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Distribution, status, and conservation of Camellia changii Ye (Theaceae), a Critically Endangered plant endemic to southern China
- Ren, Hai, Jian, Shuguang, Chen, Yongju, Liu, Hong, Zhang, Qianmei, Liu, Nan, Xu, Yi, Luo, Jian
- Oryx 2014 v.48 no.3 pp. 358-360
- Camellia, broadleaved evergreens, canopy, conservation areas, conservation status, deciduous forests, flowering, genetic variation, habitats, indigenous species, population size, sandy loam soils, seed set, seedlings, streams, surveys, China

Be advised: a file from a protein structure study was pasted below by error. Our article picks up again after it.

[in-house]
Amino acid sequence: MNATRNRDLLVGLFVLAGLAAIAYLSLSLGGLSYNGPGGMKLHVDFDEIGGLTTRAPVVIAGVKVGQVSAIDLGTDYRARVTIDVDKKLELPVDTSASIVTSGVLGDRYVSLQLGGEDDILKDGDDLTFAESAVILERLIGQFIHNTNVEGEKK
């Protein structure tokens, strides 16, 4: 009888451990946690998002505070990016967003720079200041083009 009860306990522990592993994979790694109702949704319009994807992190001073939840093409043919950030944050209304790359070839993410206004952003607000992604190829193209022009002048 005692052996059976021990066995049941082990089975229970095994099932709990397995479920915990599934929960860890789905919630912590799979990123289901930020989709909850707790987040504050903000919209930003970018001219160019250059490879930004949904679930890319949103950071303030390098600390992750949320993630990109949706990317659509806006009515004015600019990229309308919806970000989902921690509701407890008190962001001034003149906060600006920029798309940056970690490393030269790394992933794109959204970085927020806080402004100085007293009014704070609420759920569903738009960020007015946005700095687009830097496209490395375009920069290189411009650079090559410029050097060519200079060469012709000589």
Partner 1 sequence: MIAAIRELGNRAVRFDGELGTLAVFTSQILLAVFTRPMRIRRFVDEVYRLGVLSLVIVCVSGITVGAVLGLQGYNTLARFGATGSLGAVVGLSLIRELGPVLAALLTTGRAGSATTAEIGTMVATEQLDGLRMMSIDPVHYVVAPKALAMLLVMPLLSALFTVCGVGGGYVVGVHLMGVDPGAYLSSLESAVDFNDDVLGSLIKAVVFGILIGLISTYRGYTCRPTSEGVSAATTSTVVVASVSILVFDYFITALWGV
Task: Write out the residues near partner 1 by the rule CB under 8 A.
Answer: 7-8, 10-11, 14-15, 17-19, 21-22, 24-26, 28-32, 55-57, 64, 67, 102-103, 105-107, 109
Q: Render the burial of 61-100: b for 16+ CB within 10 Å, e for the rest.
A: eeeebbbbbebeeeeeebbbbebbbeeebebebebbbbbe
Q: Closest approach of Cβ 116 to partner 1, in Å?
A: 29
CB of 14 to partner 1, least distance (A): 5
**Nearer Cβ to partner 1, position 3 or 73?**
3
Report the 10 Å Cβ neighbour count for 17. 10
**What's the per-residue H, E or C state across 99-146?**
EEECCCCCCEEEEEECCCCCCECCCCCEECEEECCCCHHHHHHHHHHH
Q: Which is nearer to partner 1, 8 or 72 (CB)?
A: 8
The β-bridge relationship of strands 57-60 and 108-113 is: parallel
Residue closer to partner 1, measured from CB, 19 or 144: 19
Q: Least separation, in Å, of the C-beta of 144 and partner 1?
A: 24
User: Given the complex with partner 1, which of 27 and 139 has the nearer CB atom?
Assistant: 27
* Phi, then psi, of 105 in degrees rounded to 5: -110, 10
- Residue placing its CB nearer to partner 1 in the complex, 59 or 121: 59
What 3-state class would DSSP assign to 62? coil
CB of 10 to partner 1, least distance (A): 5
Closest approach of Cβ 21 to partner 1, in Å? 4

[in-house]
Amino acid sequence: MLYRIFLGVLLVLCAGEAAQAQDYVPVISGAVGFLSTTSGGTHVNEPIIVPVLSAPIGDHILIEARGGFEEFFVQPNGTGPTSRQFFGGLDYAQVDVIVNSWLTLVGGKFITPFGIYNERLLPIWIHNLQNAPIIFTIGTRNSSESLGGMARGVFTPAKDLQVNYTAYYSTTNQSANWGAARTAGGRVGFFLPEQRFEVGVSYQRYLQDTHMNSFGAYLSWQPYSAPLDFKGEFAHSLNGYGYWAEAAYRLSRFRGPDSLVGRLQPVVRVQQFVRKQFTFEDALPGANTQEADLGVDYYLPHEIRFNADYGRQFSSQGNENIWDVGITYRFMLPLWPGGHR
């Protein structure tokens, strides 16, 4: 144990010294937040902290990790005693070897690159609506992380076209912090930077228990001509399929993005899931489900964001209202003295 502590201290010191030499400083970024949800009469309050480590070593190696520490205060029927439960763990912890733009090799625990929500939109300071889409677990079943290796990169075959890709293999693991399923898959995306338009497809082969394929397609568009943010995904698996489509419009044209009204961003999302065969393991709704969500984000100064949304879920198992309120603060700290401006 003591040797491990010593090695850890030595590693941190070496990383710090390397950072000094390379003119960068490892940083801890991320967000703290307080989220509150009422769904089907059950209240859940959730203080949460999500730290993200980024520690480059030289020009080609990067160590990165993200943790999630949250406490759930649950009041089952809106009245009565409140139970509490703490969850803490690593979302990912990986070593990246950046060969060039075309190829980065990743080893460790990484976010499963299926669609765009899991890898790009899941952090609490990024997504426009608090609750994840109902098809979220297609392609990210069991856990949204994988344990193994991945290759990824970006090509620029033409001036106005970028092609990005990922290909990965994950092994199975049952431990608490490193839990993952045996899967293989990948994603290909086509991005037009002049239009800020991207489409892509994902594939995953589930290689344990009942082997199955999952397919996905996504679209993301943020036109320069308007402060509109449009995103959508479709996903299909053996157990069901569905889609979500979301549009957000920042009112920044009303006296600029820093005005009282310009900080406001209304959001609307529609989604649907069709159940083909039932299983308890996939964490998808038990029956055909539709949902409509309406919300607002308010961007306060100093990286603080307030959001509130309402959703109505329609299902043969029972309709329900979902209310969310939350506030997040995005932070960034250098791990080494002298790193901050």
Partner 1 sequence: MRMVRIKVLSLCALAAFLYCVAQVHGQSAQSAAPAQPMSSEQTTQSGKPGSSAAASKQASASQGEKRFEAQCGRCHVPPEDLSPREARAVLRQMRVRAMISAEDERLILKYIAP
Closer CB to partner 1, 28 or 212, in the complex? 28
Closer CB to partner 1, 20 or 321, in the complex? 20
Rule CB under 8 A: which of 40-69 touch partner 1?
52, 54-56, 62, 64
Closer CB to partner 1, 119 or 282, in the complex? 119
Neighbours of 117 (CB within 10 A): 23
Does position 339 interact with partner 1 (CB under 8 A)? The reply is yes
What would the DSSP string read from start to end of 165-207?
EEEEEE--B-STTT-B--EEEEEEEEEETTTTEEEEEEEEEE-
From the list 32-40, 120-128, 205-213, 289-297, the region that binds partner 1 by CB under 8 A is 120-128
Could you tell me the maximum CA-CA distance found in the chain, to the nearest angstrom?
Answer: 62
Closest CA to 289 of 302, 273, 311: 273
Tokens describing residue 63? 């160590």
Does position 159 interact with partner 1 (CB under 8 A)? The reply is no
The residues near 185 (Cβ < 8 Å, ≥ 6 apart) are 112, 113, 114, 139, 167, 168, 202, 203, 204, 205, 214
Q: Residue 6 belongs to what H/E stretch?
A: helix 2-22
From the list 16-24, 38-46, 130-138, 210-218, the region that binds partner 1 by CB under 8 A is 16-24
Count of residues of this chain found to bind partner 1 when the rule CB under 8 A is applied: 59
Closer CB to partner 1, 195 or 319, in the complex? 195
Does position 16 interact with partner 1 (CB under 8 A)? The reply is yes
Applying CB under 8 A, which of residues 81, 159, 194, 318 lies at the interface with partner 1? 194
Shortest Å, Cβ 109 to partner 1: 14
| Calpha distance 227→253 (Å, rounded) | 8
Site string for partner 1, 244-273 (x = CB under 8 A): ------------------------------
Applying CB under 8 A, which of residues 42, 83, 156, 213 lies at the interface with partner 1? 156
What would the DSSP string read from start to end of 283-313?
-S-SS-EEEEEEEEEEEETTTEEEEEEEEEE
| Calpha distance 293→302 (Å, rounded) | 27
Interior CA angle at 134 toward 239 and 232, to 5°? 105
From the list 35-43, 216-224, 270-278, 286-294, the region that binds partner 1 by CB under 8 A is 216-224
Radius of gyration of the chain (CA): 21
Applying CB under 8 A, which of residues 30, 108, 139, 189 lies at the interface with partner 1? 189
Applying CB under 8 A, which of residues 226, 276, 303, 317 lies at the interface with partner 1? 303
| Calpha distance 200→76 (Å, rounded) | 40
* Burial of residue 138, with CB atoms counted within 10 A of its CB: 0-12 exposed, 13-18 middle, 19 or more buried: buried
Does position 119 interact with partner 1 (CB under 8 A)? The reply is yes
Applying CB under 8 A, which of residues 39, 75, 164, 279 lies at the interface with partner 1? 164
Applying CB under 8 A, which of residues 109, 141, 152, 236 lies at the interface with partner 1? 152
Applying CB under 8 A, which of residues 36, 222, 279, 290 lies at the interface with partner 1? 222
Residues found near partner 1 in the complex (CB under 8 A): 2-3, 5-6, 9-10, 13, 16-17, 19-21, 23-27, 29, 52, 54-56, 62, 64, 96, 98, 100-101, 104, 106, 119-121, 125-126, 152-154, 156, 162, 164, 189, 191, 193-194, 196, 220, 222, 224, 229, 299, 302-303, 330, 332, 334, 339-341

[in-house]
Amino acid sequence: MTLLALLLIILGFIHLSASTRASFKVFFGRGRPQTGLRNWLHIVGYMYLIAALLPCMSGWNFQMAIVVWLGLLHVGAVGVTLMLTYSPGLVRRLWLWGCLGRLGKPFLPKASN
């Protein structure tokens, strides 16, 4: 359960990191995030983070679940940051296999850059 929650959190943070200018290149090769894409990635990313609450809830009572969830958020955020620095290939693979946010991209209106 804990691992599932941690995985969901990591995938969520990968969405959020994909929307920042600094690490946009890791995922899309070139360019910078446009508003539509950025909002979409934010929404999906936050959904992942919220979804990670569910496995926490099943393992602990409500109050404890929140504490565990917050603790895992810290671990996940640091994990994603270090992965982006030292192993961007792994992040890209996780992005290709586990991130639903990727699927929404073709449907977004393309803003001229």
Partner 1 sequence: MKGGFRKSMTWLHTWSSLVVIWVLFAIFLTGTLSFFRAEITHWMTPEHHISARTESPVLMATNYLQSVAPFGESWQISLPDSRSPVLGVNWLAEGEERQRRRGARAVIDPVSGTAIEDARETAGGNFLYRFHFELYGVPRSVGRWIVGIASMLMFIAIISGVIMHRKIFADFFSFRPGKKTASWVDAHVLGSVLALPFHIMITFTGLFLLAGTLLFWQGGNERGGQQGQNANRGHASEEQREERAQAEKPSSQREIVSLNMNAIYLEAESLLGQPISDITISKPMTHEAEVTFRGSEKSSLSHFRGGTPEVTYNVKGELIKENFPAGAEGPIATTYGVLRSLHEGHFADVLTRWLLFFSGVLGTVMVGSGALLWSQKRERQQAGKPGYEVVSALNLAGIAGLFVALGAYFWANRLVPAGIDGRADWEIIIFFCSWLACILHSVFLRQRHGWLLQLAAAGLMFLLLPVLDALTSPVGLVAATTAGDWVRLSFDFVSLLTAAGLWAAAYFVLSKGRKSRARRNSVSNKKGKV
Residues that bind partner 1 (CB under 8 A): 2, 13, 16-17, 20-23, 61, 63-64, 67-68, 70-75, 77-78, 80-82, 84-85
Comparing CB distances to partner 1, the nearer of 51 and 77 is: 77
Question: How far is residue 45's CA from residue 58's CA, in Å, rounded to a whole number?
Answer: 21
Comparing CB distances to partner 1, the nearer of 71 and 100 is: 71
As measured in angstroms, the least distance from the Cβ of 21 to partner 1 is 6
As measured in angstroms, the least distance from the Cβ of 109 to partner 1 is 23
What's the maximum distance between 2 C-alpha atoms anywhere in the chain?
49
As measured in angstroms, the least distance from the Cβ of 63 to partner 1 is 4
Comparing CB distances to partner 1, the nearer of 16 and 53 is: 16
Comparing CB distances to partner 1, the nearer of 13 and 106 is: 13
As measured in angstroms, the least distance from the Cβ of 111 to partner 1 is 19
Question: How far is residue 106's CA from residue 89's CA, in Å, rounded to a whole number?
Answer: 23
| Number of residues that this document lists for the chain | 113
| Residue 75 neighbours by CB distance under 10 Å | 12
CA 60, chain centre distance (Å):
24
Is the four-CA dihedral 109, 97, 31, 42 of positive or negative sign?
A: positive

- The distribution of the endemic threatened plant Camellia changii Ye (Family Theaceae) is restricted to a small area in southern China, and little else is known about its status in the wild. To provide information for the conservation of C. changii we investigated its distribution, population size and structure, and habitat, and assessed its conservation status. Surveys confirmed that the species grows in a narrow band along both sides of a 4 km long segment of a stream in Ehuangzhang Nature Reserve, under the discontinuous canopy of a secondary evergreen broadleaved forest on well-drained, acidic sandy loam soil. We found a total of 1,039 individuals of C. changii. The population has a high flowering rate but a low seed-setting rate. The population appears to be in decline because no seedlings and few young plants were evident. Our findings indicate that C. changii should be categorized as Critically Endangered on the IUCN Red List. We have recommended an integrated species-conservation plan for the species that includes patrolling the Ehuangzhang Nature Reserve to prevent plant removal, establishing an ex situ living collection that contains the entire wild genetic diversity (accomplished by grafting of short cuttings from all wild individuals), facilitating propagation for commercial use, and implementing reintroduction to augment the wild population.